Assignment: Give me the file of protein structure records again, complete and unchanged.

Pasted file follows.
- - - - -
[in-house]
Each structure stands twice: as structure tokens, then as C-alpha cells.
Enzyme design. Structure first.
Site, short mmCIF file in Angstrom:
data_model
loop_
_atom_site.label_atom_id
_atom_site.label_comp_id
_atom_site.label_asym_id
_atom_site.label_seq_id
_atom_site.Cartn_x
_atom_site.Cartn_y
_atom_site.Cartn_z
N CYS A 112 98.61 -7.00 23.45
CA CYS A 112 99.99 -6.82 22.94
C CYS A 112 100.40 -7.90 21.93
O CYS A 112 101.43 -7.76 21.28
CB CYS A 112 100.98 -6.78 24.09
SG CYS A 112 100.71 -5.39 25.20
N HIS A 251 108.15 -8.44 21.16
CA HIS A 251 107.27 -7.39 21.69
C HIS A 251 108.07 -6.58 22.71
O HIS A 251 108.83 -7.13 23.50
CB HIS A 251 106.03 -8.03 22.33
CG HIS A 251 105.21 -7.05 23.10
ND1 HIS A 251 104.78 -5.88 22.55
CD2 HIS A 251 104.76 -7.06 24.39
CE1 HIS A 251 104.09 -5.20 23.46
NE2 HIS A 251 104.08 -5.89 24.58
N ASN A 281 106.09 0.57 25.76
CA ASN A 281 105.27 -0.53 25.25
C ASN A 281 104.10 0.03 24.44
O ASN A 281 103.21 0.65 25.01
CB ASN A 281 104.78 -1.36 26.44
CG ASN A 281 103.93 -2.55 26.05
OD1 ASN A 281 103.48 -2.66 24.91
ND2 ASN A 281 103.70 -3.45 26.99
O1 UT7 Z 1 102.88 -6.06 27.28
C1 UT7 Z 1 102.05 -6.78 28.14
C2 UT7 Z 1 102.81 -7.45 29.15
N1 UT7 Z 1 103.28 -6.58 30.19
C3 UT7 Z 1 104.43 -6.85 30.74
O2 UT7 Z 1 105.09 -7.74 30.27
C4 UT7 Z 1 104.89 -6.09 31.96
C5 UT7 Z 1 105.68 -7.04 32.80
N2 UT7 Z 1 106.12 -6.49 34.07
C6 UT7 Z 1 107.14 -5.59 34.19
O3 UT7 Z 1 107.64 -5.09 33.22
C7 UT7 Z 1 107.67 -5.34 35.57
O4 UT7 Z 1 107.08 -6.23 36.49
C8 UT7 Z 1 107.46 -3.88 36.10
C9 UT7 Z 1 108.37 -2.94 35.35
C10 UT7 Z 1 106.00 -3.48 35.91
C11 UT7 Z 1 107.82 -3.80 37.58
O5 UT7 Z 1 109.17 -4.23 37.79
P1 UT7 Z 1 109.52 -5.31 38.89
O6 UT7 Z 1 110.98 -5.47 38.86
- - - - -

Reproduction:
[in-house]
Each structure stands twice: as structure tokens, then as C-alpha cells.
Enzyme design. Structure first.
Site, short mmCIF file in Angstrom:
data_model
loop_
_atom_site.label_atom_id
_atom_site.label_comp_id
_atom_site.label_asym_id
_atom_site.label_seq_id
_atom_site.Cartn_x
_atom_site.Cartn_y
_atom_site.Cartn_z
N CYS A 112 98.61 -7.00 23.45
CA CYS A 112 99.99 -6.82 22.94
C CYS A 112 100.40 -7.90 21.93
O CYS A 112 101.43 -7.76 21.28
CB CYS A 112 100.98 -6.78 24.09
SG CYS A 112 100.71 -5.39 25.20
N HIS A 251 108.15 -8.44 21.16
CA HIS A 251 107.27 -7.39 21.69
C HIS A 251 108.07 -6.58 22.71
O HIS A 251 108.83 -7.13 23.50
CB HIS A 251 106.03 -8.03 22.33
CG HIS A 251 105.21 -7.05 23.10
ND1 HIS A 251 104.78 -5.88 22.55
CD2 HIS A 251 104.76 -7.06 24.39
CE1 HIS A 251 104.09 -5.20 23.46
NE2 HIS A 251 104.08 -5.89 24.58
N ASN A 281 106.09 0.57 25.76
CA ASN A 281 105.27 -0.53 25.25
C ASN A 281 104.10 0.03 24.44
O ASN A 281 103.21 0.65 25.01
CB ASN A 281 104.78 -1.36 26.44
CG ASN A 281 103.93 -2.55 26.05
OD1 ASN A 281 103.48 -2.66 24.91
ND2 ASN A 281 103.70 -3.45 26.99
O1 UT7 Z 1 102.88 -6.06 27.28
C1 UT7 Z 1 102.05 -6.78 28.14
C2 UT7 Z 1 102.81 -7.45 29.15
N1 UT7 Z 1 103.28 -6.58 30.19
C3 UT7 Z 1 104.43 -6.85 30.74
O2 UT7 Z 1 105.09 -7.74 30.27
C4 UT7 Z 1 104.89 -6.09 31.96
C5 UT7 Z 1 105.68 -7.04 32.80
N2 UT7 Z 1 106.12 -6.49 34.07
C6 UT7 Z 1 107.14 -5.59 34.19
O3 UT7 Z 1 107.64 -5.09 33.22
C7 UT7 Z 1 107.67 -5.34 35.57
O4 UT7 Z 1 107.08 -6.23 36.49
C8 UT7 Z 1 107.46 -3.88 36.10
C9 UT7 Z 1 108.37 -2.94 35.35
C10 UT7 Z 1 106.00 -3.48 35.91
C11 UT7 Z 1 107.82 -3.80 37.58
O5 UT7 Z 1 109.17 -4.23 37.79
P1 UT7 Z 1 109.52 -5.31 38.89
O6 UT7 Z 1 110.98 -5.47 38.86